Claudius Agathemerus

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For the geographer with this name, see Agathemerus.

Claudius Agathemerus (Gr. Κλαύδιος Ἀγαθήμερος) was an ancient Greek physician who lived in the 1st century. He was born in the Lacedaemon, and was a pupil of the philosopher Cornutus, in whose house he became acquainted with the poet Persius about 50 AD.[1] In the old editions of Suetonius he is called Agaternus, a mistake which was first corrected by Reinesius,[2] from the epitaph upon him and his wife, Myrtale, which is preserved in the Marmora Oxoniensia and the Greek Anthology.[3] The apparent anomaly of a Roman praenomen being given to a Greek may be accounted for by the fact which we learn from Suetonius,[4] that the Spartans were the hereditary clients of the gens Claudia.[5][6]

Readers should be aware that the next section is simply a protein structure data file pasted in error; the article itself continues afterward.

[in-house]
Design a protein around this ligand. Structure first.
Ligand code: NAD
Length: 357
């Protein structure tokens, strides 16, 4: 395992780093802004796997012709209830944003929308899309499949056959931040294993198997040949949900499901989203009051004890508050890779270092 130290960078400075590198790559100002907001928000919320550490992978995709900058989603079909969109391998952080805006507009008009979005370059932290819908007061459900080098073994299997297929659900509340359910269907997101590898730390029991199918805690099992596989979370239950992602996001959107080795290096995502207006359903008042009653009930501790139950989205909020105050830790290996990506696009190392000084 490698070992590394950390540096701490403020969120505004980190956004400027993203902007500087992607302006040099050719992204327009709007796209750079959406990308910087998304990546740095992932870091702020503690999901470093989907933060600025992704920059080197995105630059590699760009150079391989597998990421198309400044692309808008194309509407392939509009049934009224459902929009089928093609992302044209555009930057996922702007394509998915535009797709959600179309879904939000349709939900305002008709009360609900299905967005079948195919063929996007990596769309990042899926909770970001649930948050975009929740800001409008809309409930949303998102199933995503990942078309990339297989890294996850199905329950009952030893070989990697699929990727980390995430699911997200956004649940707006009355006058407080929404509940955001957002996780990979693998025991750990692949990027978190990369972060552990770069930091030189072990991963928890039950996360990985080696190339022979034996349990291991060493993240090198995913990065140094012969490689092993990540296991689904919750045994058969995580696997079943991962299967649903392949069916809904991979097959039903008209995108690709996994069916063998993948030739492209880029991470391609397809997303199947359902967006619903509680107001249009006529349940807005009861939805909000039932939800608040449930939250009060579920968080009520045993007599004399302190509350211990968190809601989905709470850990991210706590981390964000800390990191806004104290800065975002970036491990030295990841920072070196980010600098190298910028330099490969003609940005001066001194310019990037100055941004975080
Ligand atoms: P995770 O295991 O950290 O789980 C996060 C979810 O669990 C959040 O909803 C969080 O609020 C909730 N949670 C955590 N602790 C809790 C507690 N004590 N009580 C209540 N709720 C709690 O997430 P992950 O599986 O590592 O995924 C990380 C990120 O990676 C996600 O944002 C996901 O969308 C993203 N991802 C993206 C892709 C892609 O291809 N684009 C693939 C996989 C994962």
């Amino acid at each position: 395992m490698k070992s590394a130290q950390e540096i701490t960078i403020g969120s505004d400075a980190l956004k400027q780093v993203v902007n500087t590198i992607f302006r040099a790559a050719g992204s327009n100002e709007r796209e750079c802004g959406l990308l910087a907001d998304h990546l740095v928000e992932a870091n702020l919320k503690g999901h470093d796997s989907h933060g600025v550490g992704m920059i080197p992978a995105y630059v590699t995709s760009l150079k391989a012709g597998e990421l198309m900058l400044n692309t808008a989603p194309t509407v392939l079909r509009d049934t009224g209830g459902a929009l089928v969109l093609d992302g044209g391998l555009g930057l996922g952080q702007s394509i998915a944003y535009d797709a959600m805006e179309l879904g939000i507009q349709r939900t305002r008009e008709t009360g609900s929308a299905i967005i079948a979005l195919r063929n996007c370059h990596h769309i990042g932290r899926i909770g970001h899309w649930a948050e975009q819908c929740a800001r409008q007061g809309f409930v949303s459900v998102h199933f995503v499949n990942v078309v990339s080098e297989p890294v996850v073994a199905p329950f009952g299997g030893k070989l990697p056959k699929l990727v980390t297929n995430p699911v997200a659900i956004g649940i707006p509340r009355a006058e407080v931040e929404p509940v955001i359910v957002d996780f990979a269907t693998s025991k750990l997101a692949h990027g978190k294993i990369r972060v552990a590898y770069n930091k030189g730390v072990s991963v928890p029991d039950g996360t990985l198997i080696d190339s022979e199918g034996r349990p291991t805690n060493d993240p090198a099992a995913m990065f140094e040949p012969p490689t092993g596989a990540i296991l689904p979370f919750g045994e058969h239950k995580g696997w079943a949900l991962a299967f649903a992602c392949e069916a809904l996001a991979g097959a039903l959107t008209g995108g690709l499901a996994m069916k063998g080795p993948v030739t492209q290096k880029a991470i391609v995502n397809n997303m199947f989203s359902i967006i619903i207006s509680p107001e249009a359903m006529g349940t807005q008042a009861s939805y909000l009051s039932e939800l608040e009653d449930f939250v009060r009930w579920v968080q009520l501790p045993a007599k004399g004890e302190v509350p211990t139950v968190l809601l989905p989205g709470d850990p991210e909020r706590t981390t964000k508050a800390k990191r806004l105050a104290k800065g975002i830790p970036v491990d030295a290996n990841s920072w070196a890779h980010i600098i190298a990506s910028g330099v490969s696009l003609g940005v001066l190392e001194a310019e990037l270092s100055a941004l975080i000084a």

1. ^ Pseudo-Sueton. vita Persii
  2. ^ Syntagma Inscript. Antiq. p. 610
  3. ^ vol iii. p. 381. § 224, ed. Tauclm.
  4. ^ Suetonius, Tiberius 6
  5. ^ C.G. Kühn, Additam. ad Elench. Medic. Vet. a J.A. Fabricio, in "Biblioth. Graeca" exhibit.
  6. ^ Greenhill, William Alexander (1867), "Agathemerus, Claudius", in Smith, William, Dictionary of Greek and Roman Biography and Mythology, 1, Boston, p. 62 

 This article incorporates text from a publication now in the public domainSmith, William, ed. (1870). "article name needed". Dictionary of Greek and Roman Biography and Mythology.